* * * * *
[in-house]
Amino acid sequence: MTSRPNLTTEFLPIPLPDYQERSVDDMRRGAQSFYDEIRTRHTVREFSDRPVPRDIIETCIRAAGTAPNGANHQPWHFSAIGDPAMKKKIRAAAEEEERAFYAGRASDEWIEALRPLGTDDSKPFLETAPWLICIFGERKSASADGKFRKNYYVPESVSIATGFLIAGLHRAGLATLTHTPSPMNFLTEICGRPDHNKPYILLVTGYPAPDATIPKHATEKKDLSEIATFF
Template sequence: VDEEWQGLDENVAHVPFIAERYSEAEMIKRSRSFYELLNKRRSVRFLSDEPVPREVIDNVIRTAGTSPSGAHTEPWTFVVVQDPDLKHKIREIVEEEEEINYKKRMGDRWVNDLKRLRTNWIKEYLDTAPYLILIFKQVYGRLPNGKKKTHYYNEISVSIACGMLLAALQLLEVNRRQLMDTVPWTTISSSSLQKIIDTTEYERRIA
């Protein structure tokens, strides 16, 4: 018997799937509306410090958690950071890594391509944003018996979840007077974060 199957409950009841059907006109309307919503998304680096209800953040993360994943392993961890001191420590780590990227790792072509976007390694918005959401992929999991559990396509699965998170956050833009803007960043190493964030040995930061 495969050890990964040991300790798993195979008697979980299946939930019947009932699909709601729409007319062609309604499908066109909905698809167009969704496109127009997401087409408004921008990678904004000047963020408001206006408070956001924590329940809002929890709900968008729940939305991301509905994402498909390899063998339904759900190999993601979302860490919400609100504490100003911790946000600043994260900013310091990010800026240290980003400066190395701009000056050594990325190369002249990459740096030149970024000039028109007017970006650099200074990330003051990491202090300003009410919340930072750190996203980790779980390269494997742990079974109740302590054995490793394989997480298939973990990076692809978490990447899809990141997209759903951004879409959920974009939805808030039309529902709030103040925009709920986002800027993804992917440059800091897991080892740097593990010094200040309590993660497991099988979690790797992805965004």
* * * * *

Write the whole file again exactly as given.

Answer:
[in-house]
Amino acid sequence: MTSRPNLTTEFLPIPLPDYQERSVDDMRRGAQSFYDEIRTRHTVREFSDRPVPRDIIETCIRAAGTAPNGANHQPWHFSAIGDPAMKKKIRAAAEEEERAFYAGRASDEWIEALRPLGTDDSKPFLETAPWLICIFGERKSASADGKFRKNYYVPESVSIATGFLIAGLHRAGLATLTHTPSPMNFLTEICGRPDHNKPYILLVTGYPAPDATIPKHATEKKDLSEIATFF
Template sequence: VDEEWQGLDENVAHVPFIAERYSEAEMIKRSRSFYELLNKRRSVRFLSDEPVPREVIDNVIRTAGTSPSGAHTEPWTFVVVQDPDLKHKIREIVEEEEEINYKKRMGDRWVNDLKRLRTNWIKEYLDTAPYLILIFKQVYGRLPNGKKKTHYYNEISVSIACGMLLAALQLLEVNRRQLMDTVPWTTISSSSLQKIIDTTEYERRIA
């Protein structure tokens, strides 16, 4: 018997799937509306410090958690950071890594391509944003018996979840007077974060 199957409950009841059907006109309307919503998304680096209800953040993360994943392993961890001191420590780590990227790792072509976007390694918005959401992929999991559990396509699965998170956050833009803007960043190493964030040995930061 495969050890990964040991300790798993195979008697979980299946939930019947009932699909709601729409007319062609309604499908066109909905698809167009969704496109127009997401087409408004921008990678904004000047963020408001206006408070956001924590329940809002929890709900968008729940939305991301509905994402498909390899063998339904759900190999993601979302860490919400609100504490100003911790946000600043994260900013310091990010800026240290980003400066190395701009000056050594990325190369002249990459740096030149970024000039028109007017970006650099200074990330003051990491202090300003009410919340930072750190996203980790779980390269494997742990079974109740302590054995490793394989997480298939973990990076692809978490990447899809990141997209759903951004879409959920974009939805808030039309529902709030103040925009709920986002800027993804992917440059800091897991080892740097593990010094200040309590993660497991099988979690790797992805965004």